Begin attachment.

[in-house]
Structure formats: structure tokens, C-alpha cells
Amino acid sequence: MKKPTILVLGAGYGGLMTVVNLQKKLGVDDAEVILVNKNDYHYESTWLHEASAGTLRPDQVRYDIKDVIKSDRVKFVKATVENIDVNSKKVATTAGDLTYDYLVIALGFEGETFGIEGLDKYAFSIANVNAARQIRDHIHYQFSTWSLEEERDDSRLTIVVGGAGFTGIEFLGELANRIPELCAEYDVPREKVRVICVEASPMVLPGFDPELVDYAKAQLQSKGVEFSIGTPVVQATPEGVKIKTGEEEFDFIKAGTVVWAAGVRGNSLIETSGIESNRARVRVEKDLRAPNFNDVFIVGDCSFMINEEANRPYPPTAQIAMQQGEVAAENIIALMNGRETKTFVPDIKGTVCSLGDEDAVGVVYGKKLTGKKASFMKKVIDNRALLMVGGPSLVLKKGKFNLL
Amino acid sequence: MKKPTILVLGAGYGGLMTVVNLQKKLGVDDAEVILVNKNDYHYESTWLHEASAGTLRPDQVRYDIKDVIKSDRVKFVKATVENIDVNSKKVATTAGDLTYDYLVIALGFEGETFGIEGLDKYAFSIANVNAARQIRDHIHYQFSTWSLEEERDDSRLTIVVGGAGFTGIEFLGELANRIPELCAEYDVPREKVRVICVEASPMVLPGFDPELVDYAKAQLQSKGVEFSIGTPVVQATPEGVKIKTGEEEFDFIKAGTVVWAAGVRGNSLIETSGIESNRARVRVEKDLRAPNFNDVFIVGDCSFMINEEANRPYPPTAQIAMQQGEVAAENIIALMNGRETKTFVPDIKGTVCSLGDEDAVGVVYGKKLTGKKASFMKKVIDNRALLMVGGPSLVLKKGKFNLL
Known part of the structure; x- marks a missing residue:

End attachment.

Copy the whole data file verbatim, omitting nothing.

[in-house]
Structure formats: structure tokens, C-alpha cells
Amino acid sequence: MKKPTILVLGAGYGGLMTVVNLQKKLGVDDAEVILVNKNDYHYESTWLHEASAGTLRPDQVRYDIKDVIKSDRVKFVKATVENIDVNSKKVATTAGDLTYDYLVIALGFEGETFGIEGLDKYAFSIANVNAARQIRDHIHYQFSTWSLEEERDDSRLTIVVGGAGFTGIEFLGELANRIPELCAEYDVPREKVRVICVEASPMVLPGFDPELVDYAKAQLQSKGVEFSIGTPVVQATPEGVKIKTGEEEFDFIKAGTVVWAAGVRGNSLIETSGIESNRARVRVEKDLRAPNFNDVFIVGDCSFMINEEANRPYPPTAQIAMQQGEVAAENIIALMNGRETKTFVPDIKGTVCSLGDEDAVGVVYGKKLTGKKASFMKKVIDNRALLMVGGPSLVLKKGKFNLL
Amino acid sequence: MKKPTILVLGAGYGGLMTVVNLQKKLGVDDAEVILVNKNDYHYESTWLHEASAGTLRPDQVRYDIKDVIKSDRVKFVKATVENIDVNSKKVATTAGDLTYDYLVIALGFEGETFGIEGLDKYAFSIANVNAARQIRDHIHYQFSTWSLEEERDDSRLTIVVGGAGFTGIEFLGELANRIPELCAEYDVPREKVRVICVEASPMVLPGFDPELVDYAKAQLQSKGVEFSIGTPVVQATPEGVKIKTGEEEFDFIKAGTVVWAAGVRGNSLIETSGIESNRARVRVEKDLRAPNFNDVFIVGDCSFMINEEANRPYPPTAQIAMQQGEVAAENIIALMNGRETKTFVPDIKGTVCSLGDEDAVGVVYGKKLTGKKASFMKKVIDNRALLMVGGPSLVLKKGKFNLL
Known part of the structure; x- marks a missing residue: